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Movie Futures Exchange: Healthy Financing or Legalized Gambling?

Movie Futures Exchange: Healthy Financing or Legalized Gambling?

Despite considerable opposition from the studios and their lobbying arm the MPAA, on Friday the Commodities Futures Trading Commission unanimously approved one of two box office futures exchanges. The question seems to be whether wagering on box office performance is a healthy way to raise film financing or a more sinister form of gambling that could lead to manipulation and abuse.

Subject to further approval, Chicago’s Media Derivatives can now go ahead with its new exchange which allows investors to “buy and sell contracts that predict the box-office performance of upcoming films,” reports the LAT. A Media Derivatives official told TheWrap that the co. plans to start trading box-office futures during the third quarter.

The Fed has until June 7 to approve separately Wall Street giant Cantor Fitzgerald’s bid to open a second box office exchange.

There are other hurdles to clear before movie futures start trading, per Variety:

But the Commodity Futures Trading Commission, in its decision late Friday, said that Media Derivatives Inc. needed to agree to a greater level of oversight for the types of products that will be traded, the contracts that will be tied to weekend box office receipts.

Opposition to the movie futures trading is not going away. The MPAA coalition, including NATO, the DGA and the Independent Film and Television Alliance, seeks to ban box office futures wagering via congressional financial reform legislation. The group stated:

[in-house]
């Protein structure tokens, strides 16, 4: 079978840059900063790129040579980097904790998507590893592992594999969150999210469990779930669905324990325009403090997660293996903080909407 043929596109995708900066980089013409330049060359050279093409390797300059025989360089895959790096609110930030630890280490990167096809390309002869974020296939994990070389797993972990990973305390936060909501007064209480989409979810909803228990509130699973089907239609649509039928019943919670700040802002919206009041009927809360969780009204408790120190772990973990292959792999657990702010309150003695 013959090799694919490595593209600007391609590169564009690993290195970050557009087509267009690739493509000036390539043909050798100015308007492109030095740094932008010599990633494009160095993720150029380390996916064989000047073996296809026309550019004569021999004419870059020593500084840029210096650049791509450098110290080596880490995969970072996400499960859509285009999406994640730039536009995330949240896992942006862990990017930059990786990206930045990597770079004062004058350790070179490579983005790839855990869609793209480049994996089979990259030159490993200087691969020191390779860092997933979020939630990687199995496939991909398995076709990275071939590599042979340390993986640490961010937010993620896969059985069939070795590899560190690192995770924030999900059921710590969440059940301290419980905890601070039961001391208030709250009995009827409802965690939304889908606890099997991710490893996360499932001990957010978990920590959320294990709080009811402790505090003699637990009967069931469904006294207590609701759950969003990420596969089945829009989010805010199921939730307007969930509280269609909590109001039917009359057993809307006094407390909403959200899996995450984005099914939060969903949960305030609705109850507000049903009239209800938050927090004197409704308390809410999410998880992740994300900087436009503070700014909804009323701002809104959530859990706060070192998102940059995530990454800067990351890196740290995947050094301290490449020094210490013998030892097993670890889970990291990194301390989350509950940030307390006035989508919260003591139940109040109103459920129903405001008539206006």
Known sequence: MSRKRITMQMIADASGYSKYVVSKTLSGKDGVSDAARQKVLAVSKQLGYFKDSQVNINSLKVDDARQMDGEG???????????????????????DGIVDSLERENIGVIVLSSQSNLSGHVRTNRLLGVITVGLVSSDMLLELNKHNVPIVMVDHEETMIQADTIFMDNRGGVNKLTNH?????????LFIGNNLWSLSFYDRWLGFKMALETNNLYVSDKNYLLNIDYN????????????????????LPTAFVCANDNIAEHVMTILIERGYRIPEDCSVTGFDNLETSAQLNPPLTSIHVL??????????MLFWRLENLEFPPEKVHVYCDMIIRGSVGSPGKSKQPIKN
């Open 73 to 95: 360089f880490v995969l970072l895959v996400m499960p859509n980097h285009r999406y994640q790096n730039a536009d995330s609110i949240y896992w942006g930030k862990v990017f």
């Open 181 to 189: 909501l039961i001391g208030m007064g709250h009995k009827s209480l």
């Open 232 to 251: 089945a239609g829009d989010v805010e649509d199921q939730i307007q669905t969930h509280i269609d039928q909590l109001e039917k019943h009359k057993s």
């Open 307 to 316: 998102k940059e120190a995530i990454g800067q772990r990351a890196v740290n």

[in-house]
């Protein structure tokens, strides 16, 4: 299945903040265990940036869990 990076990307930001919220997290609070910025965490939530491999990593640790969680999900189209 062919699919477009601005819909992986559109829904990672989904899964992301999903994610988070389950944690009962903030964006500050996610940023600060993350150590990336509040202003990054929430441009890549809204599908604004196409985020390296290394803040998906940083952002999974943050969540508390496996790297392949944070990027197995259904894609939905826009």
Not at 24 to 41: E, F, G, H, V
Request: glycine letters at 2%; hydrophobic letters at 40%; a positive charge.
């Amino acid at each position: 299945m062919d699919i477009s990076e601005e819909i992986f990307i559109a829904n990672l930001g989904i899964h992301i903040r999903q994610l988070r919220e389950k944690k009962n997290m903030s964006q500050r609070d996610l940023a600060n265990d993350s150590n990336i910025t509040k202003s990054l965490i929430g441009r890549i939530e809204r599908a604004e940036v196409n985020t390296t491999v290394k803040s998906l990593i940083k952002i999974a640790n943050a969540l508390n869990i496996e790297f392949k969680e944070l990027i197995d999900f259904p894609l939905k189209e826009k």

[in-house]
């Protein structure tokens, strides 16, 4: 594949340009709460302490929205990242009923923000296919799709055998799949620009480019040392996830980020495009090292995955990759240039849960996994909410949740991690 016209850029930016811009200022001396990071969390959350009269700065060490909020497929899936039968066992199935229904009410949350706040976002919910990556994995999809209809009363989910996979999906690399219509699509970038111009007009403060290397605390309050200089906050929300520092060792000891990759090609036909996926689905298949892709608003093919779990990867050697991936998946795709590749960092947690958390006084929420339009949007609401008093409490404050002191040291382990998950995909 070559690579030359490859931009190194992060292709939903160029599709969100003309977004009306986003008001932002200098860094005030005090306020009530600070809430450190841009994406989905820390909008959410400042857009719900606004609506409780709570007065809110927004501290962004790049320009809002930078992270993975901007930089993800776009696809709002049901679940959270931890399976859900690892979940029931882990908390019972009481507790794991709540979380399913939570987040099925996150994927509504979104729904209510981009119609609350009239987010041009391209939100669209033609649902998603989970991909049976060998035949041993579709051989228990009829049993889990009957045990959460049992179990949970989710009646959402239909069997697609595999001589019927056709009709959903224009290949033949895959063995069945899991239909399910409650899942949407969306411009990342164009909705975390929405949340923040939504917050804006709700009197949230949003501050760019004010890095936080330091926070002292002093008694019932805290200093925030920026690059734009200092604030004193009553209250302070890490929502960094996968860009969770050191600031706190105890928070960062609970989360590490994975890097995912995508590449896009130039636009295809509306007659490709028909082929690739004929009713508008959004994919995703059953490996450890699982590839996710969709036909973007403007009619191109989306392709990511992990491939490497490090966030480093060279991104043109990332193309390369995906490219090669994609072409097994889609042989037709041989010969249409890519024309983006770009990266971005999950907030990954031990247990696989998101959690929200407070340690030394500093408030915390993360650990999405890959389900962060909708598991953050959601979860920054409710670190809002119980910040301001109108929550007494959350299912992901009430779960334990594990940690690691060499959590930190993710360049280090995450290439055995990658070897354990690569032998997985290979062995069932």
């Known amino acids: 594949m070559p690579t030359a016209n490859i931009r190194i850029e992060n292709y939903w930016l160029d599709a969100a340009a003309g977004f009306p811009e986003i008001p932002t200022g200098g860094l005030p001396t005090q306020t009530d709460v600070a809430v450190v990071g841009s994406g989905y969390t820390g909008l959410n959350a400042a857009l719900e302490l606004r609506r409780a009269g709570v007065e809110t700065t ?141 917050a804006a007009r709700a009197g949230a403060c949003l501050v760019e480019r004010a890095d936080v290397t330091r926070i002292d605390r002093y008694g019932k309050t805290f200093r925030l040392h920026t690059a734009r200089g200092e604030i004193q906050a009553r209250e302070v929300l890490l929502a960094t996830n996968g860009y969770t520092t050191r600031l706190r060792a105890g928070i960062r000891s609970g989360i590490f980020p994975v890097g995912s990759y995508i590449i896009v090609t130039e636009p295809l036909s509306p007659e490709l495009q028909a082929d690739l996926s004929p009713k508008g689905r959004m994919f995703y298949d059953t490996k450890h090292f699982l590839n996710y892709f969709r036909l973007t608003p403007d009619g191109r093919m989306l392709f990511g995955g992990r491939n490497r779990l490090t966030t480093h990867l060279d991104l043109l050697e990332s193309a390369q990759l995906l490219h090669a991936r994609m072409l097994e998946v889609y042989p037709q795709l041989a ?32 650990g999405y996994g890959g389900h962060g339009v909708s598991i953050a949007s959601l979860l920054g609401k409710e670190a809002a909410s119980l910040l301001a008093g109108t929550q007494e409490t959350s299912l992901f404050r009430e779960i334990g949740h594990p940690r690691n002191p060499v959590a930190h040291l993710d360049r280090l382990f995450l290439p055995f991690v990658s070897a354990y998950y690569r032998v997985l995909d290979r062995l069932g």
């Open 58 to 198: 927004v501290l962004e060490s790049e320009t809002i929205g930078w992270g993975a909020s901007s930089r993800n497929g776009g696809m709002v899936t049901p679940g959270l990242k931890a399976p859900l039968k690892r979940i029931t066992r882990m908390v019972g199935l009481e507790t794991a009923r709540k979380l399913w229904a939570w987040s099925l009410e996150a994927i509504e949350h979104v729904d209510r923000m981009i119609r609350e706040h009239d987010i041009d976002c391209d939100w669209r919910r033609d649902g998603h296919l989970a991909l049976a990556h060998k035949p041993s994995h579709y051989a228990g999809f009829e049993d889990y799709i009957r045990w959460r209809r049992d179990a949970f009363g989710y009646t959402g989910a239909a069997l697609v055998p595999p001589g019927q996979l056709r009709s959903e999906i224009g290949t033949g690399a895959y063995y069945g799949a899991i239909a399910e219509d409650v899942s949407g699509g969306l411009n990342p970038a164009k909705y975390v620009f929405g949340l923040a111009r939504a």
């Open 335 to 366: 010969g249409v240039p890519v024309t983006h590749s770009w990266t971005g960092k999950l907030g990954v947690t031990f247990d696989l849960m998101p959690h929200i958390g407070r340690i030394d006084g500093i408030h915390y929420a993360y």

We note that in making their decision, a majority of the commissioners raised the same concerns that we have about the contracts themselves, concerns related to whether they can be manipulated, whether they serve a true hedging purpose, and questions about whether the contracts should be approved.

According to The Wrap, Cantor Fitzgerald and Media Derivatives execs as well as reps from the Hollywood opposition are expected to attend a House subcommittee meeting next Thursday.

Economist Harold Vogel wrote this comment on The Wrap:

What, pray tell, in general is movie-making except “legalized gambling”. And what, pray tell, is advertising and marketing amounting to tens of millions and promo spots on Leno and Letterman but manipulation and gaming of the market by the studio/distributors who constitute the MPAA. Seems to me, the MPAA membership has a double-standard regarding the issue and hasn’t looked in the mirror lately.

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